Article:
Underrated Wine Cocktails You Need to Be Drinking

Frosé, shmosé. I’m not ashamed to say that frosé is a little overrated — there are SO many more interesting ways you can turn wine into a juicy, refreshing cocktail that doesn’t involve a trip to an overpriced bar. Beyond rosé, there are cocktail concoctions for sparkling, red, or white wine lovers. No matter which type of vino you prefer, there’s a mixed drink for you on this list.


Hello, old friend. This old standby is incredibly versatile — you can make it with whatever you have on hand. At its core, sangria is a combination of wine and fruitiness. Merlot, Sauvignon Blanc, Vinho Verde? It all works. Orange juice, pineapple juice, cranberry juice? Stir it up.


Often overshadowed by its Mimosa counterpart, the Bellini is an extremely underrated brunch-time cocktail. The next time you’re looking for a buzzy drink to sip with your eggs benedict, opt for this Prosecco and peach cocktail.


I first heard of this mixture (red wine and coca cola) from Spanish exchange students when I was in high school. I thought it sounded disgusting, but it’s actually a great way to make a bottle of cheap red more party-friendly. It’s an iconic Basque drink, so you can sip on this concoction knowing you’re honoring Spanish tradition.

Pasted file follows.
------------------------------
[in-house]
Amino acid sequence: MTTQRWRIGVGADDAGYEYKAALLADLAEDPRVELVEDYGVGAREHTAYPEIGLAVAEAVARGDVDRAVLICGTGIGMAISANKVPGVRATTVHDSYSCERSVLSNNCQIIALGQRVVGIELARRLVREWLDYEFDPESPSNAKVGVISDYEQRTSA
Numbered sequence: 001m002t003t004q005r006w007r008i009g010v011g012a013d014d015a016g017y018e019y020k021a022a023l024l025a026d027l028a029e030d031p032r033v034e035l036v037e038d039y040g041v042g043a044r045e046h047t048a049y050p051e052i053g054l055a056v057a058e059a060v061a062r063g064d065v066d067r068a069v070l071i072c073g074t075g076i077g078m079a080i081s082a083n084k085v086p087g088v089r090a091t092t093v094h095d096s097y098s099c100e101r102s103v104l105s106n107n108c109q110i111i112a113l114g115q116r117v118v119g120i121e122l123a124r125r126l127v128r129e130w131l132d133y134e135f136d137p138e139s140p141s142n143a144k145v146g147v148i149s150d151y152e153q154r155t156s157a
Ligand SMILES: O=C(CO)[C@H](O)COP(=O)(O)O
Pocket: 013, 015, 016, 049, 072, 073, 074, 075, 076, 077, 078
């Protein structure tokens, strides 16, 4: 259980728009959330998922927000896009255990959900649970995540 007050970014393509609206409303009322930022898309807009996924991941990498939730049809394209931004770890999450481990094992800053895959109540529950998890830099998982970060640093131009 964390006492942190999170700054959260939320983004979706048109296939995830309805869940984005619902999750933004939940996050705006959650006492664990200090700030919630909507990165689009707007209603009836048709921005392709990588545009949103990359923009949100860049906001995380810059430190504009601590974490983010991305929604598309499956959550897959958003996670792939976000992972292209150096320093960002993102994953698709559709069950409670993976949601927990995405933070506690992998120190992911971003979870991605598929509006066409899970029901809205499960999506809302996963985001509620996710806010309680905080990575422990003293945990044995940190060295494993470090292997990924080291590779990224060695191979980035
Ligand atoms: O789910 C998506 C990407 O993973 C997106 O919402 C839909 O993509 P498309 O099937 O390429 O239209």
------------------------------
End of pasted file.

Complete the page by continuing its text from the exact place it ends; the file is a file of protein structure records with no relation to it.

Aperol Spritz

Bitter Aperol gets tempered with sweet Prosecco and fizzy soda water in this classic aperitif. The Spritz is super easy to mix up, and its beautiful sunset color makes it a perfect summer sipper. Add citrus wedges for garnish if you’re feeling extra fancy!


Reportedly, this cocktail was born when an Italian bartender grabbed sparkling wine instead of gin. Since “sbagliato” means “mistake,” the drink is appropriately named. As for the rest of the ingredients? Vermouth, Campari, and club soda finish off this cocktail.

The Bishop

Some variations of this cocktail use fruit juice, but in my book, that’s a little too similar to sangria. I love this version, which is from the 1935 edition of The Old Waldorf-Astoria Bar Book (at least according to The Spruce). It simply combines red wine, rum, simple syrup, and a little lime juice.

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